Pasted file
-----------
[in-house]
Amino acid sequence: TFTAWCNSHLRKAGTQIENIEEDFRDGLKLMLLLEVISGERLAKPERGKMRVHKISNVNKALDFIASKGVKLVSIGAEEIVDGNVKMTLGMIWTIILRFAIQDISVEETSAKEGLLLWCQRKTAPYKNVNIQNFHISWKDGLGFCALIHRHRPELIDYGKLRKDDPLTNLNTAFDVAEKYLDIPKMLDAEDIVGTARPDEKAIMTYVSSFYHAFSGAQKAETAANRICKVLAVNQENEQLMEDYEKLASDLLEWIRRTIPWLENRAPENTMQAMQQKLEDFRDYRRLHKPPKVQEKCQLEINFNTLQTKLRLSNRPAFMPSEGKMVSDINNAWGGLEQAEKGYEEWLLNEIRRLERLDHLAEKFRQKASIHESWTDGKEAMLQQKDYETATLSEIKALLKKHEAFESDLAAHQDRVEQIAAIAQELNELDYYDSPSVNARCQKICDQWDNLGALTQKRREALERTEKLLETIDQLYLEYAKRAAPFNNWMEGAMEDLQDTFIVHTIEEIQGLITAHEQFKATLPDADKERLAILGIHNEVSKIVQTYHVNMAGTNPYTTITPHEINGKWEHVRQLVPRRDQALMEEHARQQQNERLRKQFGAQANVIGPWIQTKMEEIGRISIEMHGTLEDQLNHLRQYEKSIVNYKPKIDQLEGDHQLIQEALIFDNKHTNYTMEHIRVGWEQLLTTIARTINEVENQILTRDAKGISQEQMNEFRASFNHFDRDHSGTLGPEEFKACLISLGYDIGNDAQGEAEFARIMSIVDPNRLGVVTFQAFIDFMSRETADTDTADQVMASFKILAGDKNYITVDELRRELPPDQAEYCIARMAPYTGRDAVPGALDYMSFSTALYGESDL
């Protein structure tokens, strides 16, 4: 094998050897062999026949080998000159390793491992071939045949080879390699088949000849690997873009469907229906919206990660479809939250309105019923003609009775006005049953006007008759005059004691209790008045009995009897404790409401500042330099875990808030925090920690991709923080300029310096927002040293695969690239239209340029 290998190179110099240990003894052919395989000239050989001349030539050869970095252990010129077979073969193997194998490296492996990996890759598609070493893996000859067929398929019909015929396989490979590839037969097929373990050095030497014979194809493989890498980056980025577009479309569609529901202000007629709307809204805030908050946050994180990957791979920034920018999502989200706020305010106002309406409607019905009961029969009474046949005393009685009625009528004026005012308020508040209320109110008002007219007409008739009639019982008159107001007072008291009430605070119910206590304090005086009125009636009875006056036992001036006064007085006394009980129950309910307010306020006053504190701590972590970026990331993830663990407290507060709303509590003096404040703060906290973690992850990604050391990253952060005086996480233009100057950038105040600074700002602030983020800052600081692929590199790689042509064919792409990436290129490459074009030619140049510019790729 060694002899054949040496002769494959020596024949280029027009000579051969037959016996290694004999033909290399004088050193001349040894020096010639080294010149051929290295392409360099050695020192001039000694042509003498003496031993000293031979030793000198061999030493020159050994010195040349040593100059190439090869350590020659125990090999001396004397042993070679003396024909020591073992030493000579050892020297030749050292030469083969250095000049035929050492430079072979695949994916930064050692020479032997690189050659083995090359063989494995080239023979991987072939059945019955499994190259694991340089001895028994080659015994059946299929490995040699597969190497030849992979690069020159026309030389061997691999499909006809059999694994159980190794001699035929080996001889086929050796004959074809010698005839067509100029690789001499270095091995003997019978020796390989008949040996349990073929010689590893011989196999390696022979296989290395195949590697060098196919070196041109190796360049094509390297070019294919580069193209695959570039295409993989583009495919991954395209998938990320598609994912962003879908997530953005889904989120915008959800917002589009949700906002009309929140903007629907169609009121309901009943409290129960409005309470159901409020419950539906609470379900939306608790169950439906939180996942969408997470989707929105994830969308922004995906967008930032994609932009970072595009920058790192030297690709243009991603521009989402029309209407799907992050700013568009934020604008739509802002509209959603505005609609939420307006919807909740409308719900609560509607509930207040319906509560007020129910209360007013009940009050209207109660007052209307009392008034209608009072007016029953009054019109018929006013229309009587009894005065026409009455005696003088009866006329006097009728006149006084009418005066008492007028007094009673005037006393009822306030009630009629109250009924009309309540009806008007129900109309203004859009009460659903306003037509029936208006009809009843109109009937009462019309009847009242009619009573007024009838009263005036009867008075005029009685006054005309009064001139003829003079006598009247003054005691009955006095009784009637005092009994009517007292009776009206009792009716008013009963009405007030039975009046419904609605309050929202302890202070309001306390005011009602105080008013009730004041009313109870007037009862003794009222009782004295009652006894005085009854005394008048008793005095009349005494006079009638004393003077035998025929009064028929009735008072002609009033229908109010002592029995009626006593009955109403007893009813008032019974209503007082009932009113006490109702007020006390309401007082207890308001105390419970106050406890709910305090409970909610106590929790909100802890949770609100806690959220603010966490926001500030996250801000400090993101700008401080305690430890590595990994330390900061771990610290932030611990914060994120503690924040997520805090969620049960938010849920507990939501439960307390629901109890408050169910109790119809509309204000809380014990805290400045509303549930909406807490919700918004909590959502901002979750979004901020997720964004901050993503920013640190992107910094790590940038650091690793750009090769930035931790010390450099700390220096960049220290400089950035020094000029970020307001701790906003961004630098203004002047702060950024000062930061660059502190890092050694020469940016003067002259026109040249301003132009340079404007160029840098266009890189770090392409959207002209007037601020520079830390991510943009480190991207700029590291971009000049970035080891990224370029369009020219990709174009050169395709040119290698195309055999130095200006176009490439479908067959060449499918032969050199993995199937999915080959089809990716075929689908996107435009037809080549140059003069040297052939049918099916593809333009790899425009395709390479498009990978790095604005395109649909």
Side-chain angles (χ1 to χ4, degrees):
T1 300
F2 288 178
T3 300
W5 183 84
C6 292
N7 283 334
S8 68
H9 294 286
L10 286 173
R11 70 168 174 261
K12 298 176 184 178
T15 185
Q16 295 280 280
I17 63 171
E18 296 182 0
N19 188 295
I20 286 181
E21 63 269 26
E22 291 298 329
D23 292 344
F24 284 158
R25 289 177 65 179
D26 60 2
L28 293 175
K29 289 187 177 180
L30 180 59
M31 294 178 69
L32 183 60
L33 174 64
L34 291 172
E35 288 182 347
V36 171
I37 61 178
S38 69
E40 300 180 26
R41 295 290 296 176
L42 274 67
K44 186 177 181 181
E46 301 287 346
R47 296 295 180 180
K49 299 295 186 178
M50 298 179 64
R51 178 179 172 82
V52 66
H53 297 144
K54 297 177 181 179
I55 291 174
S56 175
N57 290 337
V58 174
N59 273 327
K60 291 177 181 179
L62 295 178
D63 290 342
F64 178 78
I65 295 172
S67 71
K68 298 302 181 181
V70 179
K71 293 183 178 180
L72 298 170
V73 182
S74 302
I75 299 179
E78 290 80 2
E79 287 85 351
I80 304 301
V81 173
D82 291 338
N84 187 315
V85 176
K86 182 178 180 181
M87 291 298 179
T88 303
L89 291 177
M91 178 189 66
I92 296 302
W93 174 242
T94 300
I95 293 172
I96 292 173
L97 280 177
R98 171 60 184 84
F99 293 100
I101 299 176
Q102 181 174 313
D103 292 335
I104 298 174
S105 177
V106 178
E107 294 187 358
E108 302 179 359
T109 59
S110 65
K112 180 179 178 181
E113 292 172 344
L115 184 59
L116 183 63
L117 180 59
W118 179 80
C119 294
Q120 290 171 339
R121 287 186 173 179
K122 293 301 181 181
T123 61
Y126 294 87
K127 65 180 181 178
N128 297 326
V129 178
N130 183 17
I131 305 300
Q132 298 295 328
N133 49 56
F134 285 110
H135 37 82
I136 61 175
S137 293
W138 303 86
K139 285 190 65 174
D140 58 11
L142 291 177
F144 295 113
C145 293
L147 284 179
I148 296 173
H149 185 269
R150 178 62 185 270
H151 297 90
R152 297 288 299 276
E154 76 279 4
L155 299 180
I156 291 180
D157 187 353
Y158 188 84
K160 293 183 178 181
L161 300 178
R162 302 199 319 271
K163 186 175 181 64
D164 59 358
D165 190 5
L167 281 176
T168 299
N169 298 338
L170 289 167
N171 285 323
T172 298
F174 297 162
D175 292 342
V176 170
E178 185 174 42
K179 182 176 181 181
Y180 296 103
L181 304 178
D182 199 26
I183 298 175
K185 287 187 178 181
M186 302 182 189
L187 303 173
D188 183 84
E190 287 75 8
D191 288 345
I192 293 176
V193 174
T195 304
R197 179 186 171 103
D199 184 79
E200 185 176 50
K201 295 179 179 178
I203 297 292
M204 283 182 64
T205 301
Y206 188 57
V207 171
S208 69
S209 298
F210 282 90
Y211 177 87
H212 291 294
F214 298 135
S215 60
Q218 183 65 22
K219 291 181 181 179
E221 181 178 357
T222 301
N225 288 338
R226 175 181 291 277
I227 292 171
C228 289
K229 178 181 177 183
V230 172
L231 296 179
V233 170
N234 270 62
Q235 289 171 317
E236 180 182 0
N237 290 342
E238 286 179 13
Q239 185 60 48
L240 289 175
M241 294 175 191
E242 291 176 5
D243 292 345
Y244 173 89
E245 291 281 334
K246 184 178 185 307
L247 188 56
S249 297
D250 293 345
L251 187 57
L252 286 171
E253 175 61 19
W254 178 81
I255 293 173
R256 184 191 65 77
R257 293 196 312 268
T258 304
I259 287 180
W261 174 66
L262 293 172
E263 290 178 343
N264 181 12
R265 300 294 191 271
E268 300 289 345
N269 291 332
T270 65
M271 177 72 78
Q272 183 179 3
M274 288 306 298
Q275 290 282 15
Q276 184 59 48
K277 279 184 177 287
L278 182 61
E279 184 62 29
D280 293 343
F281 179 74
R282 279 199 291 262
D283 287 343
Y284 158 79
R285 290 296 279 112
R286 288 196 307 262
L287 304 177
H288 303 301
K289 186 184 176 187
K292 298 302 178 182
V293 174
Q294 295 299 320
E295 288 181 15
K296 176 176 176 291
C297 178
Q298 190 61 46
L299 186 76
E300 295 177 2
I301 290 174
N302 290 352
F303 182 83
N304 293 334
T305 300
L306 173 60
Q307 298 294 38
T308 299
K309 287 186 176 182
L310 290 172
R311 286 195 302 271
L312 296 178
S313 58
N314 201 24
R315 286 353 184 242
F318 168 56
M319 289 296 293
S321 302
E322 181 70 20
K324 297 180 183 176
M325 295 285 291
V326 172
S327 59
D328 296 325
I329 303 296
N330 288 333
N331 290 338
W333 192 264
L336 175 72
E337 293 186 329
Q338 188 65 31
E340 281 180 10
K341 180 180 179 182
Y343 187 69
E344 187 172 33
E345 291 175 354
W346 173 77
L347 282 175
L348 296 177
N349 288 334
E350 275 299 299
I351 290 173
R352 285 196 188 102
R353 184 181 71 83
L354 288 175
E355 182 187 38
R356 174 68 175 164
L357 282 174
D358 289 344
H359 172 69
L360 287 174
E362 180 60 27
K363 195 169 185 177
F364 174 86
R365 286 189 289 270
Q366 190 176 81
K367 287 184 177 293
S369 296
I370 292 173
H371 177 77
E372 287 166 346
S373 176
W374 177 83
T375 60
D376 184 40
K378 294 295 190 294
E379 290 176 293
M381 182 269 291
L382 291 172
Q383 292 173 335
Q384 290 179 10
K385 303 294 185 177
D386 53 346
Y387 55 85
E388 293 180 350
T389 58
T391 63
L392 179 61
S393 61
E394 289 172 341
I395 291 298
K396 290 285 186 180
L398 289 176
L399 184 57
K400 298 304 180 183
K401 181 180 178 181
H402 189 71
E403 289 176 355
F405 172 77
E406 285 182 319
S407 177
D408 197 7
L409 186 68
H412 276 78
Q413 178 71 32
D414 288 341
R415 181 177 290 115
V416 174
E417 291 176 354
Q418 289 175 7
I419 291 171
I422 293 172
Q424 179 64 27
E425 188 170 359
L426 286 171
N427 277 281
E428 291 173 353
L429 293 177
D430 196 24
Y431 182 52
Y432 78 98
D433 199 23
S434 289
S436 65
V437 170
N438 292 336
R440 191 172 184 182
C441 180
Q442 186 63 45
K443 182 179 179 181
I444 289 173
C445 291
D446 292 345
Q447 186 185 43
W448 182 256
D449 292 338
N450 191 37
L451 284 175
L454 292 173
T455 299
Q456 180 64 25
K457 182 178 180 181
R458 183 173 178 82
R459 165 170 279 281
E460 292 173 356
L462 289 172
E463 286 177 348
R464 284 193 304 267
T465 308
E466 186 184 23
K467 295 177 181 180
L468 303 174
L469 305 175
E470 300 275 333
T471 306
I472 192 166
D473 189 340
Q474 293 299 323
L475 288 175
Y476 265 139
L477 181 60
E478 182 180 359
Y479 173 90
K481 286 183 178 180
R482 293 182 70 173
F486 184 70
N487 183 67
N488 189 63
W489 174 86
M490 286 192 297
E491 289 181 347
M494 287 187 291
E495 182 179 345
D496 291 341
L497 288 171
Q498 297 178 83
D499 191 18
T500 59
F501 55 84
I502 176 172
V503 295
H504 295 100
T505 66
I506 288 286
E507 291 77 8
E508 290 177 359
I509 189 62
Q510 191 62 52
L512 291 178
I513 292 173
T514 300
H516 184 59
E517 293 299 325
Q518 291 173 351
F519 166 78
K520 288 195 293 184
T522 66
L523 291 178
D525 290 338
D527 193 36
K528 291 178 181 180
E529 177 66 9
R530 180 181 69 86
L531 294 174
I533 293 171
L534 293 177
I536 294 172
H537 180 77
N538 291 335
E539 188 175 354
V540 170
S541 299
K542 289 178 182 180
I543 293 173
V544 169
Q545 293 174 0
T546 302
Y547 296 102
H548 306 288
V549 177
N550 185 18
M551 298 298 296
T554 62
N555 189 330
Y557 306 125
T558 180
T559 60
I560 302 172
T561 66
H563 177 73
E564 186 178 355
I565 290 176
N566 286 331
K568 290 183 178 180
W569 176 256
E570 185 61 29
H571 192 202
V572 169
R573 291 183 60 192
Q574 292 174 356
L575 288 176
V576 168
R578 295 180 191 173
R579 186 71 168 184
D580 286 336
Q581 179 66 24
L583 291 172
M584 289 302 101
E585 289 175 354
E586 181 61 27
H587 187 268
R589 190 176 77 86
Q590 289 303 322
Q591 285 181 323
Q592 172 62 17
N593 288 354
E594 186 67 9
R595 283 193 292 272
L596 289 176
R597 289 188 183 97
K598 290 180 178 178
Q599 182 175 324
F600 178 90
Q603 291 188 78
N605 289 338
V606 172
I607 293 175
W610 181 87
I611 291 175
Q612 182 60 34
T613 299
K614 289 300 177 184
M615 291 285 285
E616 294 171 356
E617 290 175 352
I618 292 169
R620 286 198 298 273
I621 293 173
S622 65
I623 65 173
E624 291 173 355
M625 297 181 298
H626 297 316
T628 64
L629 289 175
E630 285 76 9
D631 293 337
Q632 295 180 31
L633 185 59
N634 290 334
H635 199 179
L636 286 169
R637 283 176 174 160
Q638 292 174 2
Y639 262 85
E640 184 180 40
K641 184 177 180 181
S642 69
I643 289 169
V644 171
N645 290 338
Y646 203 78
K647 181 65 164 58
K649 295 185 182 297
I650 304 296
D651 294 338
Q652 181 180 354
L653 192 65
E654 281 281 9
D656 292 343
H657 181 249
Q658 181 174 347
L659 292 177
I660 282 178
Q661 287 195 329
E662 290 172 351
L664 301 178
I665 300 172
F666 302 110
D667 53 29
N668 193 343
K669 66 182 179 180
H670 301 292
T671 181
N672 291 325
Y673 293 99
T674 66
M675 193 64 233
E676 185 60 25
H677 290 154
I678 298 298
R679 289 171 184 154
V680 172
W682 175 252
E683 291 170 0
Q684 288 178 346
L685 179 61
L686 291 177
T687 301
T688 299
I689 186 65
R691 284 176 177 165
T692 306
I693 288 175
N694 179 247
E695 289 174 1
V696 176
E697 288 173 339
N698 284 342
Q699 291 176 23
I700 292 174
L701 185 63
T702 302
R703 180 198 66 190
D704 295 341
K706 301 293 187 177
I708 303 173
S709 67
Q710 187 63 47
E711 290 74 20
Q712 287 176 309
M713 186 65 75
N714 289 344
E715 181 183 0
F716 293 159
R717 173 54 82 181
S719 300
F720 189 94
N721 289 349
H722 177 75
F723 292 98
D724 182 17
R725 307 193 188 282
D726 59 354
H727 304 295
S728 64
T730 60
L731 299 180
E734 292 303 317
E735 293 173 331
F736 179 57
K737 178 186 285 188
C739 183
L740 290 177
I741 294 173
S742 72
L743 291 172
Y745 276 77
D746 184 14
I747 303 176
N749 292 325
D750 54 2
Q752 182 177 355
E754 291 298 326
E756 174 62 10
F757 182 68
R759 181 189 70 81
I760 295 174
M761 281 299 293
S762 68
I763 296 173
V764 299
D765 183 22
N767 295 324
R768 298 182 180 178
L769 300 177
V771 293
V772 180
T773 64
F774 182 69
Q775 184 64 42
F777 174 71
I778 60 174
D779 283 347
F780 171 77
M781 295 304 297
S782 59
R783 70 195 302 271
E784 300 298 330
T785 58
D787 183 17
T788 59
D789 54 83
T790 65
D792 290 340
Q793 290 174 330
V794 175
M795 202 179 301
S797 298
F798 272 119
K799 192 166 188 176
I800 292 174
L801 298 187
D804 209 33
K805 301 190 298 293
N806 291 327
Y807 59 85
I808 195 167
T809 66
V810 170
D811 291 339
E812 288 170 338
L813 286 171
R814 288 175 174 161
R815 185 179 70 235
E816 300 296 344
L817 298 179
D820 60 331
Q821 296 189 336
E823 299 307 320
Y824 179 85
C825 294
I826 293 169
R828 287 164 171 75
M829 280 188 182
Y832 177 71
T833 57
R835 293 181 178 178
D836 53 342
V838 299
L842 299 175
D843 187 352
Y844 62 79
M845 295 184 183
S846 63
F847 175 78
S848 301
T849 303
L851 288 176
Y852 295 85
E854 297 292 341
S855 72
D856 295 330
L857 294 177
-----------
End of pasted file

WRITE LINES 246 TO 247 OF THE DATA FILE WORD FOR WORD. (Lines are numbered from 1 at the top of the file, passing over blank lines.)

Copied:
H288 303 301
K289 186 184 176 187